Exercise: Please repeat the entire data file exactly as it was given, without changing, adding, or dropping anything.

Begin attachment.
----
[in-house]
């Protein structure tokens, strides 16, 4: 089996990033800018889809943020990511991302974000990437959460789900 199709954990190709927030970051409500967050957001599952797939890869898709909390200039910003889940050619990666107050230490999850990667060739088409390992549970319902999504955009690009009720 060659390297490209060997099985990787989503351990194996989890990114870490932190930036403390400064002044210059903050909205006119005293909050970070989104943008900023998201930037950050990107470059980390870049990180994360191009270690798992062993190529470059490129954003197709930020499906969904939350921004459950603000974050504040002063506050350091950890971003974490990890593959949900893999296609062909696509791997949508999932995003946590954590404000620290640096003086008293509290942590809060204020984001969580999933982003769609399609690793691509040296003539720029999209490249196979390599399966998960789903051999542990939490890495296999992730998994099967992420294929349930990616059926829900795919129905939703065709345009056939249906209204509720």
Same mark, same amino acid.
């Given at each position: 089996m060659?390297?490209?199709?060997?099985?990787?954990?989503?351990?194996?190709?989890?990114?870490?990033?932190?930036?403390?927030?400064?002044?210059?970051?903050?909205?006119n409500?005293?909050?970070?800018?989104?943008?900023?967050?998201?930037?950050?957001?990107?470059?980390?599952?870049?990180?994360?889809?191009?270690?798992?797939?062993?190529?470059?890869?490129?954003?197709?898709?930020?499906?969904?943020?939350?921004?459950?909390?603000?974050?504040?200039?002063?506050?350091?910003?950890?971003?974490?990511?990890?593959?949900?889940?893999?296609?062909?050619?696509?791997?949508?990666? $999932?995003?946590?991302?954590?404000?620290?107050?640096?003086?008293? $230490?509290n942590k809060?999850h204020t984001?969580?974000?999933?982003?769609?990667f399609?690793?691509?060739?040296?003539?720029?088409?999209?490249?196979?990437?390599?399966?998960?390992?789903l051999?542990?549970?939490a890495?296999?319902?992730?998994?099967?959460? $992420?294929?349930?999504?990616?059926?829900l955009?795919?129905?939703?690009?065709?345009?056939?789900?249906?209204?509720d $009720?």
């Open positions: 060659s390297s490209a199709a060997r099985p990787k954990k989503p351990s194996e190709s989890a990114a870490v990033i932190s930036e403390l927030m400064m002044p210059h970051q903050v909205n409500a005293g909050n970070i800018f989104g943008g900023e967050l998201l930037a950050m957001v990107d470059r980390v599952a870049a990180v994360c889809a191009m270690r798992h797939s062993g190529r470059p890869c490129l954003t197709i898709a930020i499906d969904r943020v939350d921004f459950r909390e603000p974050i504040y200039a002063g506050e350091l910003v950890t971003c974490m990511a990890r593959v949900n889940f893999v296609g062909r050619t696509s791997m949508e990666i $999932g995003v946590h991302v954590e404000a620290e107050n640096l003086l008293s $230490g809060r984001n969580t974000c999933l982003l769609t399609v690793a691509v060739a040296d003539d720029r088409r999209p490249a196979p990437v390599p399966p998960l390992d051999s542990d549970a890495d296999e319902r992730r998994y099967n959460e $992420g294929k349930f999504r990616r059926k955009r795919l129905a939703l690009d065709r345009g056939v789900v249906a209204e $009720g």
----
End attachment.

[in-house]
């Protein structure tokens, strides 16, 4: 089996990033800018889809943020990511991302974000990437959460789900 199709954990190709927030970051409500967050957001599952797939890869898709909390200039910003889940050619990666107050230490999850990667060739088409390992549970319902999504955009690009009720 060659390297490209060997099985990787989503351990194996989890990114870490932190930036403390400064002044210059903050909205006119005293909050970070989104943008900023998201930037950050990107470059980390870049990180994360191009270690798992062993190529470059490129954003197709930020499906969904939350921004459950603000974050504040002063506050350091950890971003974490990890593959949900893999296609062909696509791997949508999932995003946590954590404000620290640096003086008293509290942590809060204020984001969580999933982003769609399609690793691509040296003539720029999209490249196979390599399966998960789903051999542990939490890495296999992730998994099967992420294929349930990616059926829900795919129905939703065709345009056939249906209204509720």
Same mark, same amino acid.
């Given at each position: 089996m060659?390297?490209?199709?060997?099985?990787?954990?989503?351990?194996?190709?989890?990114?870490?990033?932190?930036?403390?927030?400064?002044?210059?970051?903050?909205?006119n409500?005293?909050?970070?800018?989104?943008?900023?967050?998201?930037?950050?957001?990107?470059?980390?599952?870049?990180?994360?889809?191009?270690?798992?797939?062993?190529?470059?890869?490129?954003?197709?898709?930020?499906?969904?943020?939350?921004?459950?909390?603000?974050?504040?200039?002063?506050?350091?910003?950890?971003?974490?990511?990890?593959?949900?889940?893999?296609?062909?050619?696509?791997?949508?990666? $999932?995003?946590?991302?954590?404000?620290?107050?640096?003086?008293? $230490?509290n942590k809060?999850h204020t984001?969580?974000?999933?982003?769609?990667f399609?690793?691509?060739?040296?003539?720029?088409?999209?490249?196979?990437?390599?399966?998960?390992?789903l051999?542990?549970?939490a890495?296999?319902?992730?998994?099967?959460? $992420?294929?349930?999504?990616?059926?829900l955009?795919?129905?939703?690009?065709?345009?056939?789900?249906?209204?509720d $009720?």
């Open positions: 060659s390297s490209a199709a060997r099985p990787k954990k989503p351990s194996e190709s989890a990114a870490v990033i932190s930036e403390l927030m400064m002044p210059h970051q903050v909205n409500a005293g909050n970070i800018f989104g943008g900023e967050l998201l930037a950050m957001v990107d470059r980390v599952a870049a990180v994360c889809a191009m270690r798992h797939s062993g190529r470059p890869c490129l954003t197709i898709a930020i499906d969904r943020v939350d921004f459950r909390e603000p974050i504040y200039a002063g506050e350091l910003v950890t971003c974490m990511a990890r593959v949900n889940f893999v296609g062909r050619t696509s791997m949508e990666i $999932g995003v946590h991302v954590e404000a620290e107050n640096l003086l008293s $230490g809060r984001n969580t974000c999933l982003l769609t399609v690793a691509v060739a040296d003539d720029r088409r999209p490249a196979p990437v390599p399966p998960l390992d051999s542990d549970a890495d296999e319902r992730r998994y099967n959460e $992420g294929k349930f999504r990616r059926k955009r795919l129905a939703l690009d065709r345009g056939v789900v249906a209204e $009720g």